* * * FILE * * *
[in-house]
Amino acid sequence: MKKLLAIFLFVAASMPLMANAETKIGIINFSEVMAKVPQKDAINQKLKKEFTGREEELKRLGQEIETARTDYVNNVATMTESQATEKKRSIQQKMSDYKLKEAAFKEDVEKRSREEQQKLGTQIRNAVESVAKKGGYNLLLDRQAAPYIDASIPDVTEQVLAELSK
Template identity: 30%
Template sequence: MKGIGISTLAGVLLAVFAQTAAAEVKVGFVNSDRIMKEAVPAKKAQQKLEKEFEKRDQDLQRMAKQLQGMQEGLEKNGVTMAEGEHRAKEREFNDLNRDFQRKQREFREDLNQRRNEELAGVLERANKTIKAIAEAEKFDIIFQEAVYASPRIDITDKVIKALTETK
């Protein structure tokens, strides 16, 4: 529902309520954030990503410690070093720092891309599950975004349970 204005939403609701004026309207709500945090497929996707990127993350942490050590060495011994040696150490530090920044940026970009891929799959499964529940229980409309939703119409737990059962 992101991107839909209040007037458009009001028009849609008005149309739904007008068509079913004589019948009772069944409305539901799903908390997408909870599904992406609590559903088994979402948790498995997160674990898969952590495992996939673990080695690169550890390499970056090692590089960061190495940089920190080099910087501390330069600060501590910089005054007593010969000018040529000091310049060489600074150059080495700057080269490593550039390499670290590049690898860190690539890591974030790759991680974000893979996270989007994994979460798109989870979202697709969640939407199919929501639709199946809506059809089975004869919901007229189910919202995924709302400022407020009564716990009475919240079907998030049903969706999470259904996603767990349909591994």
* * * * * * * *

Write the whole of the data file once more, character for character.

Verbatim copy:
[in-house]
Amino acid sequence: MKKLLAIFLFVAASMPLMANAETKIGIINFSEVMAKVPQKDAINQKLKKEFTGREEELKRLGQEIETARTDYVNNVATMTESQATEKKRSIQQKMSDYKLKEAAFKEDVEKRSREEQQKLGTQIRNAVESVAKKGGYNLLLDRQAAPYIDASIPDVTEQVLAELSK
Template identity: 30%
Template sequence: MKGIGISTLAGVLLAVFAQTAAAEVKVGFVNSDRIMKEAVPAKKAQQKLEKEFEKRDQDLQRMAKQLQGMQEGLEKNGVTMAEGEHRAKEREFNDLNRDFQRKQREFREDLNQRRNEELAGVLERANKTIKAIAEAEKFDIIFQEAVYASPRIDITDKVIKALTETK
């Protein structure tokens, strides 16, 4: 529902309520954030990503410690070093720092891309599950975004349970 204005939403609701004026309207709500945090497929996707990127993350942490050590060495011994040696150490530090920044940026970009891929799959499964529940229980409309939703119409737990059962 992101991107839909209040007037458009009001028009849609008005149309739904007008068509079913004589019948009772069944409305539901799903908390997408909870599904992406609590559903088994979402948790498995997160674990898969952590495992996939673990080695690169550890390499970056090692590089960061190495940089920190080099910087501390330069600060501590910089005054007593010969000018040529000091310049060489600074150059080495700057080269490593550039390499670290590049690898860190690539890591974030790759991680974000893979996270989007994994979460798109989870979202697709969640939407199919929501639709199946809506059809089975004869919901007229189910919202995924709302400022407020009564716990009475919240079907998030049903969706999470259904996603767990349909591994």